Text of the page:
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I guess I was somewhat imitating a deep freeze, in that a top mounted lid keeps the cold air from spilling out whenever it's opened. That's not much of an argument though, since I don't open it that much, and the thermal mass of the contents would be hardly affected by any lost cold air while open. And you're right, it is a bit unnerving to get a full glass carboy in and out; the weight isn't too terrible, but I hate the idea of supporting all of that weight by the neck. I'll at least be getting some brew hauler straps to support the weight from the bottom. If I were to do it again, I'd seriously consider making it a side-loader.
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Old 03-03-2010, 06:25 PM   #6
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looks good! nice work.
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Old 03-03-2010, 08:02 PM   #7
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That thing is awesome. I was thinking of doing the exact same thing with my ferm chamber. Do you have any sort of airflow going from the right side to the left or vise versa? It seems like you would be able to adjust the temp in the right chamber by regulating airflow.
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Old 03-03-2010, 08:29 PM   #8
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I don't currently have anything actively moving air from side to side. The removable divider is not sealed though, so I've been getting enough cool air leaking to the right side to ferment in the 60's. When summer comes along though, and ambient temperature in that room rises to near 80F, I may need the aformentioned muffin fan hooked up to the home tstat controller in cooling mode to recirculate cool air from the left.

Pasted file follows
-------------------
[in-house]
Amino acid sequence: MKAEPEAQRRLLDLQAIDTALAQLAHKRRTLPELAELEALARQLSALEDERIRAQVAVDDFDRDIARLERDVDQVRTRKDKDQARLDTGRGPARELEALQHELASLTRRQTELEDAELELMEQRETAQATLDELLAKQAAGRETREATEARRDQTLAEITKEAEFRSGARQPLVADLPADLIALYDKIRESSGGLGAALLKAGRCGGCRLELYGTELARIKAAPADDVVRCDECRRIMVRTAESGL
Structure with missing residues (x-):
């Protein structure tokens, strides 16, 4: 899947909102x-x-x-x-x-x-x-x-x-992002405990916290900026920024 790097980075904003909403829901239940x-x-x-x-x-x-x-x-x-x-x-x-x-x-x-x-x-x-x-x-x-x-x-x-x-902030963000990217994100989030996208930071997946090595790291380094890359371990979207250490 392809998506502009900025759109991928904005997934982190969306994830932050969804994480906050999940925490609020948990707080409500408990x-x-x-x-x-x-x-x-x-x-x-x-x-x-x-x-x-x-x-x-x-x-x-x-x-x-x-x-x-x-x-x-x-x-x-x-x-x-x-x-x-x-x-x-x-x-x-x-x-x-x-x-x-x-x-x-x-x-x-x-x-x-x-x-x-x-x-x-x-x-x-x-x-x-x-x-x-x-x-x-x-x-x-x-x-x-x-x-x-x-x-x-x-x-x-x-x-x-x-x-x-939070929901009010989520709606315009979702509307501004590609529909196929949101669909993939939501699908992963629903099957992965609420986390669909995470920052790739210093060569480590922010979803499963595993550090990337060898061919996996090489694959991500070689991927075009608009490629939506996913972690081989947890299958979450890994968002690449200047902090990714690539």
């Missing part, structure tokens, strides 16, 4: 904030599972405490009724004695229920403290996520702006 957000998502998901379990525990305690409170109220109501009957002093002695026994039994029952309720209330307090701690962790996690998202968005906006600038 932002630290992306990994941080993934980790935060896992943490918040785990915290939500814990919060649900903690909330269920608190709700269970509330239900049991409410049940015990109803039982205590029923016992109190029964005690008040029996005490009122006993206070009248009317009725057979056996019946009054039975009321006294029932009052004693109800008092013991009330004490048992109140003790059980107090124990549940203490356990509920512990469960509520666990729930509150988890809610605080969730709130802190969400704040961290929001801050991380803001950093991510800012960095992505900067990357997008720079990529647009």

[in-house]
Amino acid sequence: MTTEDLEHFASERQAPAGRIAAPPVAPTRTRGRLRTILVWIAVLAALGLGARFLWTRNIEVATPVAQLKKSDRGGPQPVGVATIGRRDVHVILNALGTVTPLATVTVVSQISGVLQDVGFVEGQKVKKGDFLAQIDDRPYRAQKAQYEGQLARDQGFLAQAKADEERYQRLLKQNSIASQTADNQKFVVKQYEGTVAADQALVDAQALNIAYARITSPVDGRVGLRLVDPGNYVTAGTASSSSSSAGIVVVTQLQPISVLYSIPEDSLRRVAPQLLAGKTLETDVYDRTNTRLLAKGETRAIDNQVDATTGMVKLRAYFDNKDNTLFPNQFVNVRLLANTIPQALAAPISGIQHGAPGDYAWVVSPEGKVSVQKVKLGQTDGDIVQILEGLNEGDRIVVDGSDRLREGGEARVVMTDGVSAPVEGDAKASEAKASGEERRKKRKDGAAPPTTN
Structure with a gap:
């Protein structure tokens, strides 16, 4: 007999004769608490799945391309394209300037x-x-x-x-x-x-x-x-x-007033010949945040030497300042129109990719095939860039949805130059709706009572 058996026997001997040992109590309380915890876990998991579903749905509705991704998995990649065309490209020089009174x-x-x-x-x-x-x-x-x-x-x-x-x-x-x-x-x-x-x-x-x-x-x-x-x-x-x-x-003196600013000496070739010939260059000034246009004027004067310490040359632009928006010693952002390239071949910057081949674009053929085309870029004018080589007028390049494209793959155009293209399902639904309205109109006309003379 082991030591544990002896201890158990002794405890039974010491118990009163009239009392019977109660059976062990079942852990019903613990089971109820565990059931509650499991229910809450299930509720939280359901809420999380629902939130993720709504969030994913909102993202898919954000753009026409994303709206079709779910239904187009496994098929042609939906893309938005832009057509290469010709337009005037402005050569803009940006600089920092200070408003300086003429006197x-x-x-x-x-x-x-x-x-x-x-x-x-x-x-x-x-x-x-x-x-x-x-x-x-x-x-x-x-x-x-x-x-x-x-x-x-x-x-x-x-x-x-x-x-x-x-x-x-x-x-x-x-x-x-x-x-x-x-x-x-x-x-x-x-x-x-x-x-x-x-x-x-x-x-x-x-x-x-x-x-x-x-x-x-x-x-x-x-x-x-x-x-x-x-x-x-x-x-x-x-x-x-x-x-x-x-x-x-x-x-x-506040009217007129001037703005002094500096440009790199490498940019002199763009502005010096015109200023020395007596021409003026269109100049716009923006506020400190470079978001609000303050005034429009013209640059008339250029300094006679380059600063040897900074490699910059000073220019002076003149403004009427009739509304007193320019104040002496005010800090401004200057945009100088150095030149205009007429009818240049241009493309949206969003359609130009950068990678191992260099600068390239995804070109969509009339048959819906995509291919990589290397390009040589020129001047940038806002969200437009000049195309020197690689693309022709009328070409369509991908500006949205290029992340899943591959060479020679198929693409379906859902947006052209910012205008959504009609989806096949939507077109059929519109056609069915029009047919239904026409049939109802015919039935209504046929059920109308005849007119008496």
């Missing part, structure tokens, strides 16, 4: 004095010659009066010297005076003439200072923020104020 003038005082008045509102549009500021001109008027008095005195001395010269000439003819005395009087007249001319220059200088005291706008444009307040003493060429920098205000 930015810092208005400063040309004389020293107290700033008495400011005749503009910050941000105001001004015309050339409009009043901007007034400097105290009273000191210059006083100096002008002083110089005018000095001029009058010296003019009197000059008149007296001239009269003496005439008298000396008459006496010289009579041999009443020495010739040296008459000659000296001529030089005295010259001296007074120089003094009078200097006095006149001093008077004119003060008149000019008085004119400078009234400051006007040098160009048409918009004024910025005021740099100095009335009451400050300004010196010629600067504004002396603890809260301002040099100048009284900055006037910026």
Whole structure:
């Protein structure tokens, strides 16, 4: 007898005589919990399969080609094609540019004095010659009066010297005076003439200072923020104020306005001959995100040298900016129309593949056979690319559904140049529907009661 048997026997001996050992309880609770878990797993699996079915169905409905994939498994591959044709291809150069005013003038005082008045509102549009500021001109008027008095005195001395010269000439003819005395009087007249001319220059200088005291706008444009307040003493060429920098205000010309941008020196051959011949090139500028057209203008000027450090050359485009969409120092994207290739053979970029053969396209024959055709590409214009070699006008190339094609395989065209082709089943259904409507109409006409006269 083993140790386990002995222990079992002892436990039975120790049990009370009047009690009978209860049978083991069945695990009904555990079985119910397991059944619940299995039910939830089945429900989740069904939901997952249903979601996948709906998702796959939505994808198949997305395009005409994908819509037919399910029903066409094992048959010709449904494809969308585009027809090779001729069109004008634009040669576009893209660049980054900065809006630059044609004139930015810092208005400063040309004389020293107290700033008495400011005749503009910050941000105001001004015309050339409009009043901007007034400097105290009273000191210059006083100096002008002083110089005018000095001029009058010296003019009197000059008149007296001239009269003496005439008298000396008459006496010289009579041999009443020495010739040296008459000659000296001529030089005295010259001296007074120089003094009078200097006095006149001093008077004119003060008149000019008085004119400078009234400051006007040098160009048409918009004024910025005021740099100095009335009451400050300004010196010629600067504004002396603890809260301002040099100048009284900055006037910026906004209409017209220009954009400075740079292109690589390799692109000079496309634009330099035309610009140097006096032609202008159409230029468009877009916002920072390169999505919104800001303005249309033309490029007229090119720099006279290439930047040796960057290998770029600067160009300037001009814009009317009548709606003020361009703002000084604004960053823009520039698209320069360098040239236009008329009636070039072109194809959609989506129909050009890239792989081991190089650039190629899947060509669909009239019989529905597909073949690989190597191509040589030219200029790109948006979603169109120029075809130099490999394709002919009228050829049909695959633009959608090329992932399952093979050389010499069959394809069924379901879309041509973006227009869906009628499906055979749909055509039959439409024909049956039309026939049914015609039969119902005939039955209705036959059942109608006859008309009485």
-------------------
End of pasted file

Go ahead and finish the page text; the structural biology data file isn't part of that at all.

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Old 06-21-2010, 05:12 PM   #9
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Quote:
Originally Posted by jaydub View Post
I don't currently have anything actively moving air from side to side. The removable divider is not sealed though, so I've been getting enough cool air leaking to the right side to ferment in the 60's. When summer comes along though, and ambient temperature in that room rises to near 80F, I may need the aformentioned muffin fan hooked up to the home tstat controller in cooling mode to recirculate cool air from the left.
did you ever install that muffin fan? I am going to do this exact same thing, except I live in Florida, so i won't ever have to heat one side. I'd like to be able to cool one side to lager temps, and use the other side for 65-70F fermentation.
Just wondering if the cooling from one small dorm fridge is enough for that.